Uncharted Territory – Round 17

Written by The Salamander on July 9 2021

In the first edition of this column, back in Round 2, one of the things I visualized was the way players’ output tends to change as they go from young and inexperienced footballers to experienced but slightly hobbled veterans.

As a reminder, I reasoned that most players get better as they approach their physical prime (generally 25 through 30 for rucks and KPPs, and 23 through 28 for everyone else), and then get worse as they move past that:

In addition to age affecting how good someone is at football, there is also experience, which is subject to somewhat diminishing returns (there’s a far bigger difference between a 10 gamer and a 100 gamer than there is between a 200 gamer and a 300 gamer, all other things being equal):

Putting them together, you get a shape that looks like this:

Of course, age and experience aren’t the only things that affect output – just ask Jack Ziebell:

Open in a new tab to view full-size.

Injuries, role change, change of team (or teammates), a change in the team’s on-field fortunes, and a whole host of other factors can affect SuperCoach scores (which themselves are a far from perfect measure of player output from a pure footballing perspective), but the general principle does tend to hold.

Some players, of course, simply defy age:

But they’re the exception, rather than the rule. And even then, it’s only a matter of time before they too start to drop off.

Speaking of dropping off, much has been made Patrick Cripps’ form this year. It’s been obvious to many that he has been playing very injured this season (far more so than the Carlton Football Club has been publicly letting on), but some coaches will no doubt have him firmly penciled into their ‘never again’ lists after what he’s dished up this season. But is that wise?

Looking at the above, he’s in what should be his physical prime, and will be for another couple of years. Now, it’s quite possible for a player to be good while they’re young, and then drop off early, especially when the back half of their career is crippled by injuries:

But is Patrick Cripps really Dale Thomas? The latter, for one thing, only had one really great season from a SuperCoach standpoint, while Cripps rocketed his way to SC-stardom from a very early age. Perhaps a better comparison is Nat Fyfe:

He had a similar early breakout, and has similarly been injury-prone in the back-half of his career, but he certainly never permanently fell out of SuperCoach-relevance.

Moving on, Max Gawn’s scoring was clearly helped by the shorter quarters last year, but should still have another year left before he starts to drop off in physical terms:

That said, the development of Luke Jackson may somewhat accelerate that decline from a SuperCoach standpoint, so watch this space.

Brodie Grundy, on the other hand, should have a good few years left:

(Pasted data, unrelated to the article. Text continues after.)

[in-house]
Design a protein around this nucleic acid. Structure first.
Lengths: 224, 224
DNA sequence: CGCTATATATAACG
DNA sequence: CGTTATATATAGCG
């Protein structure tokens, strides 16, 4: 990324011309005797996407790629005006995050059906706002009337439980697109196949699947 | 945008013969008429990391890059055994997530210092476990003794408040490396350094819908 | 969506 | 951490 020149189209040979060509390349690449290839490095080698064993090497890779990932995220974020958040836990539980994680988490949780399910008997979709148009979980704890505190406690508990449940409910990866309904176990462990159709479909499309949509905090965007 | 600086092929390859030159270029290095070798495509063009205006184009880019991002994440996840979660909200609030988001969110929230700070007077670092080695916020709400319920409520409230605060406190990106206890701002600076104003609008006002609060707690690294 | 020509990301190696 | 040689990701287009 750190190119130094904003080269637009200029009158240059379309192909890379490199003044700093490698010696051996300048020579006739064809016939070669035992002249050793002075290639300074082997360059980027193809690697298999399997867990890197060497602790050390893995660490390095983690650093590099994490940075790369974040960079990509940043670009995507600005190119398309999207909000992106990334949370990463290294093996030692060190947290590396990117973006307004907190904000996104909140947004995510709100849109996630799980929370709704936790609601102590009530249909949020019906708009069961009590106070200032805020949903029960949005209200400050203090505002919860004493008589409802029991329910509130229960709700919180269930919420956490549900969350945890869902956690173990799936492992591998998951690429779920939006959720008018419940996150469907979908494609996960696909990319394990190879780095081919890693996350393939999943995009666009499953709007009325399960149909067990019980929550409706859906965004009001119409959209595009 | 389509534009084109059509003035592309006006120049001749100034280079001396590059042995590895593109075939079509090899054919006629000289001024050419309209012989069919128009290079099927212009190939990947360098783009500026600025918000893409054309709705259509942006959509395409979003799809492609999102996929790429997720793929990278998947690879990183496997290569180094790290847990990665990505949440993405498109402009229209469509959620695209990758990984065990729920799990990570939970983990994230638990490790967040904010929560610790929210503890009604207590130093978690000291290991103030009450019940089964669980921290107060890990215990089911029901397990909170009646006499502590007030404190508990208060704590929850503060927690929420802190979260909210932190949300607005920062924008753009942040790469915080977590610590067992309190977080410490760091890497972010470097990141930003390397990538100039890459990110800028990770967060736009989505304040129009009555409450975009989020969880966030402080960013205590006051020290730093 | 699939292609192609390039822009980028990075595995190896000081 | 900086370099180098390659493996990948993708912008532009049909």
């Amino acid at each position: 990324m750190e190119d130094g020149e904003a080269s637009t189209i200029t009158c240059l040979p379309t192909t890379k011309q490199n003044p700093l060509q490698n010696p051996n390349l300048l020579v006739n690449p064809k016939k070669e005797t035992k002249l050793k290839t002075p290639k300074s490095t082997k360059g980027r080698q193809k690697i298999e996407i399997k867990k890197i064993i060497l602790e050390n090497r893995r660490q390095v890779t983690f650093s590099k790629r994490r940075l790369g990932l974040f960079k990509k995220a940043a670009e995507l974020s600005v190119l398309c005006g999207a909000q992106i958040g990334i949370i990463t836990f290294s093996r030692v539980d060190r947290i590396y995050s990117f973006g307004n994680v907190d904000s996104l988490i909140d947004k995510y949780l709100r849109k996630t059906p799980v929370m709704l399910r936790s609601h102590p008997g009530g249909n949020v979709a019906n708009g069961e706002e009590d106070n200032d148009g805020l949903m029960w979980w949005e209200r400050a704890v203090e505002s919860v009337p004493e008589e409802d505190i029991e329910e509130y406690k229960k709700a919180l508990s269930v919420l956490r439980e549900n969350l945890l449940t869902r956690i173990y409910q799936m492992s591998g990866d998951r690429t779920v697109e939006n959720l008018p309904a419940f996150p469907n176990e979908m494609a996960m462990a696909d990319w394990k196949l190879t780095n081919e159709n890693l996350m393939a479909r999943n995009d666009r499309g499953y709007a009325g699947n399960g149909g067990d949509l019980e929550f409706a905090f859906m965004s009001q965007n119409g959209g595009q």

But there are some young guys coming through who could very well take the top-ruck mantle off the aforementioned duo, possibly as early as next year:

Finally, Brownlow medalists have had a habit of dropping off the year after winning in recent times, but the current bookmakers’ favourite for this year’s award is right in the part of his career where he should be a safe enough pick for next season:


Now, the above is probably not all that helpful in the short term to those who are still primarily focused on doing as well as possible this season. But for those who have started thinking about next year, hopefully it gives you something to think about. In particular: if you’re thinking of starting a player, or not starting them, or even throwing them on your ‘never again’ list, take a moment and have a think about where they sit along the standard age/experience trajectory. Some players will break out early, some will keep playing well despite being old, some will benefit (or suffer from) a significant change of role, etc., but most players, assuming they stay on an AFL list long enough for this pattern to be relevant, will follow a pretty standard trajectory. We can, and should, use that knowledge to our advantage.


Leave a comment / Scroll to bottom

2 thoughts on “Uncharted Territory – Round 17”

  1. Really enjoyed this article sal, always a super fascinating read and the graphs make things easier to understand.

    Curious point you raise about gawn and his age, do you think he could be an exception to the rule or Father Time will soon get the best of him?


    1. I’m not sure, to be honest. Rucks can sometimes go on a bit longer than others since, as they sometimes say, they don’t get any shorter as they get older. Then again, with Luke Jackson taking more and more responsibility in the ruck, Max might keep on losing a few extra points here and there. I guess we’ll have to wait and see.

      Sorry if that’s not overly helpful!



Leave a Reply

Your email address will not be published. Required fields are marked *